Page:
Thursday, 14 April 2011

In Libya, as in Iraq, “End of Combat” Means “More Combat”

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Truth, it has been said, is the first casualty of war. The latest evidence of the veracity of this saying: The United States supposedly stopped attacking Libya on April 4, yet since that time U.S. aircraft have continued to fly over the beleaguered nation and assault its air defenses.

Back on March 31, Defense Secretary Robert Gates (left) told the House Armed Services Committee, “We will not be taking an active part in strike activities [after turning over the lead to NATO] and we believe our allies can sustain this for some period of time.” The United States, he said, was moving into a “support role,” assisting NATO with “electronic warfare, aerial refueling, lift, search and rescue and intelligence, surveillance and reconnaissance support.”

Nine days after the U.S. supposedly became a mere supporting player, Reuters reported that “[11] U.S. aircraft have flown 97 sorties in Libya since April 4 and fired on air defense targets three times, the Pentagon said.”

Pentagon spokesman Col. Dave Lapan told reporters that U.S. aircraft are being used for “not just aerial refueling, not just surveillance” but also “suppression of enemy air defenses.” This would seem to contradict Gates’s description of the “support” mission as well as his department’s previous assertion that “it would not conduct strike sorties after April 4 without a specific request from” NATO, as Reuters put it.

In Washington, however, (as in Orwell's 1984) words usually mean the opposite of their dictionary definitions. Thus, the Pentagon, says Reuters, “clarified on Wednesday that this did not apply to attacks on Gaddafi’s air defenses, which have continued.” In other words, “not conduct[ing] strike sorties” actually means “conducting strike sorties.” This explains why Pentagon Press Secretary Geoff Morrell was able to say with a straight face: “It is completely consistent with how we have described our support role ever since the transition to NATO lead.”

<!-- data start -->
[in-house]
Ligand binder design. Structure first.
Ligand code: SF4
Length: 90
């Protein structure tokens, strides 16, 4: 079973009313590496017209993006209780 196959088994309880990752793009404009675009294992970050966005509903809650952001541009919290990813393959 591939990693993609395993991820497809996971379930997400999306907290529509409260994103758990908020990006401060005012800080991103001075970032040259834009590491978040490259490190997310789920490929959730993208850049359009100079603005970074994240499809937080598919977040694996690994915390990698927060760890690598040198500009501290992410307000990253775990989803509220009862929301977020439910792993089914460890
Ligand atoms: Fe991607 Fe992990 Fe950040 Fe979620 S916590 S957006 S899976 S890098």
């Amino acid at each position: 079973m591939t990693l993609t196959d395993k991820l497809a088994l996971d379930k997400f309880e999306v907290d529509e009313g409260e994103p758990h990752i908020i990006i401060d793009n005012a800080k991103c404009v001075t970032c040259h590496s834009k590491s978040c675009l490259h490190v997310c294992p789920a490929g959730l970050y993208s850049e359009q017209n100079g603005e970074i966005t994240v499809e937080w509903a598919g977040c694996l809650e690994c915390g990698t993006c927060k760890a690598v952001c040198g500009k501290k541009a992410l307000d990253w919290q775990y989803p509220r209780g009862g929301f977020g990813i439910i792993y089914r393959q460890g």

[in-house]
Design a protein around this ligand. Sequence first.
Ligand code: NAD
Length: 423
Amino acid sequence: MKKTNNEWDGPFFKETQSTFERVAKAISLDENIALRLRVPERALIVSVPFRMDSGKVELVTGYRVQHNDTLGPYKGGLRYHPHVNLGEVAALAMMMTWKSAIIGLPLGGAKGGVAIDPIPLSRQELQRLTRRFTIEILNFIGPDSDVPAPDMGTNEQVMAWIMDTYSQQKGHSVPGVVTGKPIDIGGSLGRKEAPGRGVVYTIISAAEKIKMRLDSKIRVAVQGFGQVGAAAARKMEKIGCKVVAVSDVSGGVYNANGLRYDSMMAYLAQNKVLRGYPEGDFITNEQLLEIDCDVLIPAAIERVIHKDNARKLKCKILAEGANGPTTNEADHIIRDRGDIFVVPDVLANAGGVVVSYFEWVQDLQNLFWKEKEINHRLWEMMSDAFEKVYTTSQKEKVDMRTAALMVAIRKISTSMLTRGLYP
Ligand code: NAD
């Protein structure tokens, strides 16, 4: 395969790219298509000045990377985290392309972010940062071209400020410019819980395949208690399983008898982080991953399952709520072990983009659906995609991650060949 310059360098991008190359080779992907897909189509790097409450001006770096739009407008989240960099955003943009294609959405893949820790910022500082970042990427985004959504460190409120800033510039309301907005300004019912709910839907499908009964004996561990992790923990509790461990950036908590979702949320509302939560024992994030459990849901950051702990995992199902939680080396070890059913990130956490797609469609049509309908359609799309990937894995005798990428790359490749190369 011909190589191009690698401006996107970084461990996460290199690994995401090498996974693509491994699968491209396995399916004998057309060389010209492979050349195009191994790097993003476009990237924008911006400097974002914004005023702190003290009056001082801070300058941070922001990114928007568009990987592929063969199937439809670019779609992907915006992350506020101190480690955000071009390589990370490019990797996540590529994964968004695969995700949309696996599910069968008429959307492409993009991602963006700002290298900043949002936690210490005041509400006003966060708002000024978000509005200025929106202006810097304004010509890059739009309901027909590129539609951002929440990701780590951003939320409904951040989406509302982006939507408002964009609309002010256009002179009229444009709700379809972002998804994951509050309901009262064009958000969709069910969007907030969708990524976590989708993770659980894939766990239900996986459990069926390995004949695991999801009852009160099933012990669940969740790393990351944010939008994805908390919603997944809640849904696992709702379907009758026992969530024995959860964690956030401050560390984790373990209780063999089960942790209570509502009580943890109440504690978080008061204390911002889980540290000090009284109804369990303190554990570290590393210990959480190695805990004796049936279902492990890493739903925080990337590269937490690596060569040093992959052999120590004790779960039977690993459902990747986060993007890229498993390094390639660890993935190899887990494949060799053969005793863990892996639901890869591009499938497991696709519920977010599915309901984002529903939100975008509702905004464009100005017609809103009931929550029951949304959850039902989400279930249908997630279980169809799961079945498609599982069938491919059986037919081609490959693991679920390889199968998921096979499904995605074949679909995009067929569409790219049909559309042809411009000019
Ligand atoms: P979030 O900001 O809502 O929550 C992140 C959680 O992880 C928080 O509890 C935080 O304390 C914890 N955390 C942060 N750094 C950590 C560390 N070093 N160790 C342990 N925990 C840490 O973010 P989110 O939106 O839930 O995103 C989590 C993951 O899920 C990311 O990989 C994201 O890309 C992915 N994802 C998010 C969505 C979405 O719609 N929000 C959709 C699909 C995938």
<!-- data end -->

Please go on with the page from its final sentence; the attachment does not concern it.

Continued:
Contra Morrell, it is completely inconsistent not only with Defense Department pronouncements but also with the words of the President himself. On March 22, Obama, referring to the post-transition role of the U.S. military, said, “When this transition takes place, it is not going to be our planes that are maintaining the no-fly zone.” Yet a military official told Reuters that the sorties and strikes that have occurred since the transition “are defensive missions that are simply to protect the aircraft flying the no-fly zone.” Furthermore, as NBC News noted, “The revelation [of the ongoing strikes] appears to contradict President Barack Obama’s claim that the combat portion of the Libyan operation would be handed over to NATO ‘within days, not weeks.’ ”

Obama’s unconstitutional war, therefore, continues apace, with no end in sight. The United States remains in a combat role, enforcing a no-fly zone (itself an act of war) against a country that did not threaten it. The air campaign “has caused rather than broken a military stalemate” in Libya, according to Reuters, leading Gen. Carter Ham, head of the U.S. African Command, to suggest that ground troops might be needed to bring a resolution to the conflict.

Diligent students of history and strict defenders of the Constitution will likely advocate that Congress exercise its constitutional authority to end this war before it turns into the proverbial quagmire.

Related articles:

General Says Boots on the Ground May Be Needed in Libya

A Fein Time for Impeachment

Bill to End Obama’s Libya War Attracts Bipartisan Support

Clinton: Obama Will Ignore Congress on Libya War

Libya: The $600 Million War

UN, Obama Fighting Alongside Al-Qaeda in Libya

Paul, Kucinich Seek to Defund "Impeachable" War on Libya

Obama, Clinton, and Biden Agree: War on Libya Is Unconstitutional

UN Trumps Constitution, Congress in President's Undeclared War on Libya

A Real Cost/Benefit Analysis of Libyan Intervention

Libya: One Quagmire Too Far?

On Libya, It's the Beltway Interventionists vs. Ron Paul and the Founders

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